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Renewable costs: what goes up must go down?

In this new quarterly publication, the Capital Economics’ Climate and Commodities teams will track and analyse developments in the transition to a greener global economy.

The sharp increases in the lifetime costs of wind and solar projects since 2021 demonstrate that the days of ever-cheaper renewables are firmly behind us. Higher costs for renewables are partly a function of higher interest rates – which disproportionately affect renewables over fossil fuels owing to the capital cost-heavy nature of green projects – and the rise in prices for raw materials, mainly metals.

Crucially, with nominal interest rates likely to top out in most developed economies this year, and higher commodity prices helping to incentivise supply, many of these factors will cure themselves, albeit with a lag. More generally, the greater emphasis on energy security in the wake of the war in Ukraine will lead governments to continue to subsidise the cost of renewables installations in many cases.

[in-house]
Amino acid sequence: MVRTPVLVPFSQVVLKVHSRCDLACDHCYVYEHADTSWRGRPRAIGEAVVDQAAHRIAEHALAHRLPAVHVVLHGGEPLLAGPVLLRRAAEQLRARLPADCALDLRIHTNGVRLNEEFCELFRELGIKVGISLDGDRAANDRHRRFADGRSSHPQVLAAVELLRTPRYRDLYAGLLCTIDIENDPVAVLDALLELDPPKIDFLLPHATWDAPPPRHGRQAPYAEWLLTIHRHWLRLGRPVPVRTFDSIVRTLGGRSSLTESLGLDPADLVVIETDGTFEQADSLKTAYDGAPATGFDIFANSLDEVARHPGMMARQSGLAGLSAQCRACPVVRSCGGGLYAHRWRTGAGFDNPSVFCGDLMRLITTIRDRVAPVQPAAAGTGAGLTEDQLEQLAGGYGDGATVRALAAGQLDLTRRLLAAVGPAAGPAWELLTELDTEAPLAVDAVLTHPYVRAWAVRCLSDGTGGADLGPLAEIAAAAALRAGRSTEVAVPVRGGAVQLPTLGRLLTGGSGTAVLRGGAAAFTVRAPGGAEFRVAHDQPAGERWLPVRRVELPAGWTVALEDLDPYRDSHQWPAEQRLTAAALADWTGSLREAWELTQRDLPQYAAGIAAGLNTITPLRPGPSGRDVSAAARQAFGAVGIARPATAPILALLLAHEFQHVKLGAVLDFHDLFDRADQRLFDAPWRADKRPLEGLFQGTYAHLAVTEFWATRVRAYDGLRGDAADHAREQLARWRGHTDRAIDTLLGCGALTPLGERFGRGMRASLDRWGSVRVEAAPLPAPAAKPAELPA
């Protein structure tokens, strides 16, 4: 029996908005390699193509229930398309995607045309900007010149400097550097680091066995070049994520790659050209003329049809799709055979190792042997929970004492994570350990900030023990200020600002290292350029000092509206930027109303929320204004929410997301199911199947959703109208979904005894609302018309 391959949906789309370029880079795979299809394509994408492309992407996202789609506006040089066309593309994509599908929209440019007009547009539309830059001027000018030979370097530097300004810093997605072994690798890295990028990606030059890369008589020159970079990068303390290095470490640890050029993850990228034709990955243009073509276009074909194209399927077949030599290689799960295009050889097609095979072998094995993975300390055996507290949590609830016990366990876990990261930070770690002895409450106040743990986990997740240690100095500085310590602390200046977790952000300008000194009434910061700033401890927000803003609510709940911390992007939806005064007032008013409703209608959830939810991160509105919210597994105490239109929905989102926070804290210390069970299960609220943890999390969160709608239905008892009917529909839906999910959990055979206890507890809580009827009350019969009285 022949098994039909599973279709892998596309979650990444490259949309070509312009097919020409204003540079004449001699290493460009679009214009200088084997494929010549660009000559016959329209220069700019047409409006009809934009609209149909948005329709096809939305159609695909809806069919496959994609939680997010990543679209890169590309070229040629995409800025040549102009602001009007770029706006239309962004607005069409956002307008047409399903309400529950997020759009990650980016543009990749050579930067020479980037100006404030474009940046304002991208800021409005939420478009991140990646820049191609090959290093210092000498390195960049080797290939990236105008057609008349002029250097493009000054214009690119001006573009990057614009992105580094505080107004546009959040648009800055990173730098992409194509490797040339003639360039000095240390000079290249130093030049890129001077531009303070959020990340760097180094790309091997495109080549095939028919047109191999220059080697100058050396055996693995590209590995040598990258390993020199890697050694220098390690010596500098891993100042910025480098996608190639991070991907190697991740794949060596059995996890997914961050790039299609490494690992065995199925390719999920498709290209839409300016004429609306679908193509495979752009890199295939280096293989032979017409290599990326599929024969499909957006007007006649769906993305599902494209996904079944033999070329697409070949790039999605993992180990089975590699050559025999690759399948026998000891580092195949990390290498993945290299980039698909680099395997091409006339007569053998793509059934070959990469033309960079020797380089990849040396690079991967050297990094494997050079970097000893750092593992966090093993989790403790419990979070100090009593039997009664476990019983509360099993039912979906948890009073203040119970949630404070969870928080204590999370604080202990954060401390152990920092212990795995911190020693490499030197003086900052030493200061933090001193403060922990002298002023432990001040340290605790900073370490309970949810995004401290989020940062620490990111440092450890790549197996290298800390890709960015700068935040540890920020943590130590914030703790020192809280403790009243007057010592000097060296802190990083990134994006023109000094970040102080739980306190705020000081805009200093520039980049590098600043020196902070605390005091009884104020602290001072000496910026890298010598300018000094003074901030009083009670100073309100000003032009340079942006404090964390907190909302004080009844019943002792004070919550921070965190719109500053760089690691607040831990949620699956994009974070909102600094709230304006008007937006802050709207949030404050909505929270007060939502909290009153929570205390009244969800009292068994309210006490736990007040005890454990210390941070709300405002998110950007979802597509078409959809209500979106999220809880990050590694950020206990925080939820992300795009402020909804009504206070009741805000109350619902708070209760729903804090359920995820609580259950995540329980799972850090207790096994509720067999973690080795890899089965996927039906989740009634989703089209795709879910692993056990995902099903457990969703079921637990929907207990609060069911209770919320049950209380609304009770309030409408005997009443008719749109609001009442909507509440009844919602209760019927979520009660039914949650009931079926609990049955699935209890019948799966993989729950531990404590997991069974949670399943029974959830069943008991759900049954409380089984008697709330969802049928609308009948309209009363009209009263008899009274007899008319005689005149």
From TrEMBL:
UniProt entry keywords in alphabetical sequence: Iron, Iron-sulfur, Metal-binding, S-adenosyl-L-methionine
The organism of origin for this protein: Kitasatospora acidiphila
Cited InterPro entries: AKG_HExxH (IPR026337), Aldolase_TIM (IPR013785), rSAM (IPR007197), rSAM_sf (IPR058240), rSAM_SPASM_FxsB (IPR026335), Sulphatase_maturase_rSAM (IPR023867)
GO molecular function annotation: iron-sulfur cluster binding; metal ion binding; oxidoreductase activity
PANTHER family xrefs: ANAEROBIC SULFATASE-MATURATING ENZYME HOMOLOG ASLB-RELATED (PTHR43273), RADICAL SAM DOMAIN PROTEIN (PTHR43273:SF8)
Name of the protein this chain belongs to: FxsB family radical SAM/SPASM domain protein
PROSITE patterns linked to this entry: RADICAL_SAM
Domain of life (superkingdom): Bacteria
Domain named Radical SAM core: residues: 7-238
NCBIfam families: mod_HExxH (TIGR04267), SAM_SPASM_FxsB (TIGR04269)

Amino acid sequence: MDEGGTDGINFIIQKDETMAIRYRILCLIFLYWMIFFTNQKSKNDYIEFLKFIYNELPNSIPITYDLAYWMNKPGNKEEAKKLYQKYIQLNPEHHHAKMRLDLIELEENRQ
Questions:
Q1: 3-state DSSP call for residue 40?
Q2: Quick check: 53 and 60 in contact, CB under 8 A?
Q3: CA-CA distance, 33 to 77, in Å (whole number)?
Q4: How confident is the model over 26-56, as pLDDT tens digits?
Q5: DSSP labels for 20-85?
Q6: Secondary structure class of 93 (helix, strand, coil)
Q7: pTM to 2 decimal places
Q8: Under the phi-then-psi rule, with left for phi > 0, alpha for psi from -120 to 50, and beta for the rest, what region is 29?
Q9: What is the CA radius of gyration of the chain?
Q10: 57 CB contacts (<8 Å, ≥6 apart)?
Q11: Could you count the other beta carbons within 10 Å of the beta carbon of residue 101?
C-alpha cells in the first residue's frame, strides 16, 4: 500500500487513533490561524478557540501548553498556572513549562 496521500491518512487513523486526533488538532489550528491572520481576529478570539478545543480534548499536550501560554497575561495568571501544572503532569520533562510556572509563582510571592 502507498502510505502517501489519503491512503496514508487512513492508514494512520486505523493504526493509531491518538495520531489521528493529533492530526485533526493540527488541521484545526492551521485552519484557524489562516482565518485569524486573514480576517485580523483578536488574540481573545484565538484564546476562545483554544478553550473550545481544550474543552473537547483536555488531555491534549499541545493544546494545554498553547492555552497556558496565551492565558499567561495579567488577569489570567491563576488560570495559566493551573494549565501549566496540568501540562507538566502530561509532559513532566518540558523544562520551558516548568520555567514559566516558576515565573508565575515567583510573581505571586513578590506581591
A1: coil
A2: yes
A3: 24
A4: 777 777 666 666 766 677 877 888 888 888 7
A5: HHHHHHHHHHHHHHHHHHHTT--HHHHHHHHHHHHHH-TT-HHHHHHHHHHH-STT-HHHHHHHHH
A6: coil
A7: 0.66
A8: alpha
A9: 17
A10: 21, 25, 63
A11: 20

Over the longer term, much of the focus tends to be on the potential for supply pinch-points and geopolitical factors to push up prices of renewables, not least given the concentration of green technology supply chains in China. However, as renewables rollouts continue to gain momentum, demand will be an increasing source of inflation in its own right. The upshot is that upward blips in prices will become the norm.

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